Delphine’s Flashback rocked the world when it released back in 1992. Its realistic visuals plonked it firmly in the ‘revolutionary’ cinematic platformer subgenre. It’s now 17 years later and we’ve recieved a remake on both iOS and Android – where does the remaster fit in?
If you speak to those who played earlier releases of Flashback then they’ll describe it in the same way they’ll describe most of its subgenre peers. It is a slower and more delibearate platformer, levels can be traversed at your own pace and enemies are on an equal footing to you, it’s almost more of a puzzle game than a platformer due to the realistic traversal and the way it uses items.
If that is what you look for in a game — if you’re the kind of person who enjoyed the original Prince of Persia, or titles like Blackthorne and Heart of Darkness — then it is perfect for you. Great news for fans of the original also, its 1992 mode is almost identical outside of input. As a matter of fact, between the 1992 and Modern Modes, it is a great example of a modern port.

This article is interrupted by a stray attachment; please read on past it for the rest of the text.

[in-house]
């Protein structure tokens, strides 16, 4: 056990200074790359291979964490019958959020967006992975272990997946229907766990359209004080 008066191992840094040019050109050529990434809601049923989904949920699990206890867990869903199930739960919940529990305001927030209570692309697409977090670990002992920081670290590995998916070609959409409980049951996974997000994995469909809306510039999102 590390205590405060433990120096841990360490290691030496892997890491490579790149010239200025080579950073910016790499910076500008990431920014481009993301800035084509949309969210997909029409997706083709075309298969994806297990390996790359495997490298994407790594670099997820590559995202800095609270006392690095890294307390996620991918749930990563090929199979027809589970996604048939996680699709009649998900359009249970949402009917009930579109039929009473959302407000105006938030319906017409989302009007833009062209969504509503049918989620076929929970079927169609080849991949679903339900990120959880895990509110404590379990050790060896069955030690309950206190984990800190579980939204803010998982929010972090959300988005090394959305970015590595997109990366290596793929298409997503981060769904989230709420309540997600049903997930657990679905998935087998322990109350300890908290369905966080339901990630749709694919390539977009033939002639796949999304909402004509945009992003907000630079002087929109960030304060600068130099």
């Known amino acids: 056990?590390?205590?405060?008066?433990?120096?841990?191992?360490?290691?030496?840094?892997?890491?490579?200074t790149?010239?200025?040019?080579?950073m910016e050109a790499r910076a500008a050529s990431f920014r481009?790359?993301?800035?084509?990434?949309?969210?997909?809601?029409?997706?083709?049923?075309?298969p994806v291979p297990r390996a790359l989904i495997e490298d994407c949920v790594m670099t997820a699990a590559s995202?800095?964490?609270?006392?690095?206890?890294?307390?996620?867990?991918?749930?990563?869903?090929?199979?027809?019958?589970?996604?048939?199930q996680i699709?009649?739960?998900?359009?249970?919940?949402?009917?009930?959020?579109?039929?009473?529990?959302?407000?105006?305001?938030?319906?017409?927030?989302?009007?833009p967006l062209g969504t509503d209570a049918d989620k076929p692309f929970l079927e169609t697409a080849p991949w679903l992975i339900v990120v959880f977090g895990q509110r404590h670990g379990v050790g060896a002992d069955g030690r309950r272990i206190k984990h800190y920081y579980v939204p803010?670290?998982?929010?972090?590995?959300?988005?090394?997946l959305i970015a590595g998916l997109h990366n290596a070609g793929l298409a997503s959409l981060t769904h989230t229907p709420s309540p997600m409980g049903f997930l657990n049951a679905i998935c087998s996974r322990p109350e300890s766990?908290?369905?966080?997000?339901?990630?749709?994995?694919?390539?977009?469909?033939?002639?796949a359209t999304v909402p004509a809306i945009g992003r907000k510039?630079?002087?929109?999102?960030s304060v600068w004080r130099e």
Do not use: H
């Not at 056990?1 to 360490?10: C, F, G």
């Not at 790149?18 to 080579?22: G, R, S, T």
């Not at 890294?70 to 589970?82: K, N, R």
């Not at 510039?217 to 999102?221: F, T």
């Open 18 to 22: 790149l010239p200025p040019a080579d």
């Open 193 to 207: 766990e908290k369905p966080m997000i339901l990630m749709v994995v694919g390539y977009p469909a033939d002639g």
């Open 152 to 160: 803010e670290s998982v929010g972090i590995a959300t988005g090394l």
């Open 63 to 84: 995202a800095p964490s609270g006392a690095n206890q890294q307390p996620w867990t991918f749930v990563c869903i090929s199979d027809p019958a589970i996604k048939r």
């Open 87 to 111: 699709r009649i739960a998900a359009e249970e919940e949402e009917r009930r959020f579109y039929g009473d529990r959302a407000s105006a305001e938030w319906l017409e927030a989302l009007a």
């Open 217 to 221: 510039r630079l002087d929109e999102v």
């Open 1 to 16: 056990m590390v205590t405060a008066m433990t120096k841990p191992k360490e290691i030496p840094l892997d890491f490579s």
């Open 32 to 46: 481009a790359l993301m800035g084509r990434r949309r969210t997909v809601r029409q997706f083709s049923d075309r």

Modern Mode adds in a few changes to the original: new graphics and audio tracks, tutorials, and a rewind function which saves restarting at checkpoints. It’s a very good addition to a classic and elements like the tutorial will make it easier for new players to get to grips with it.
The real stickler, however, is the controls. The default controls are touchscreen, requiring horizontal, vertical and diagonal inputs to indicate jumps and jumping directions – if you’ve not used this control scheme before then it is clunky and alien, especially so due to the heavily aged feeling of movement in the cinematic platformer subgenre. You can, and I think many will, change it out for an on-screen analogue input, this feels a lot better, however it doesn’t solve the biggest issue that new players will face.
It’s the ‘realistic’ movement which will cause the biggest issue for new players. Those who have dabbled with Flashback before will feel fine, and the ruby-tinted glasses will wax over the issues, but for new players the slow reaction to input will be jarring.
If the Flashback series had continued and got 3 or 4 games in then the controls would have been changed with the time and maybe a remaster would have featured the old game with the new movement-to-frame ratio. That’s not the case though, and as such Flashback Mobile remains leashed to its past through its most iconic, and worst, element.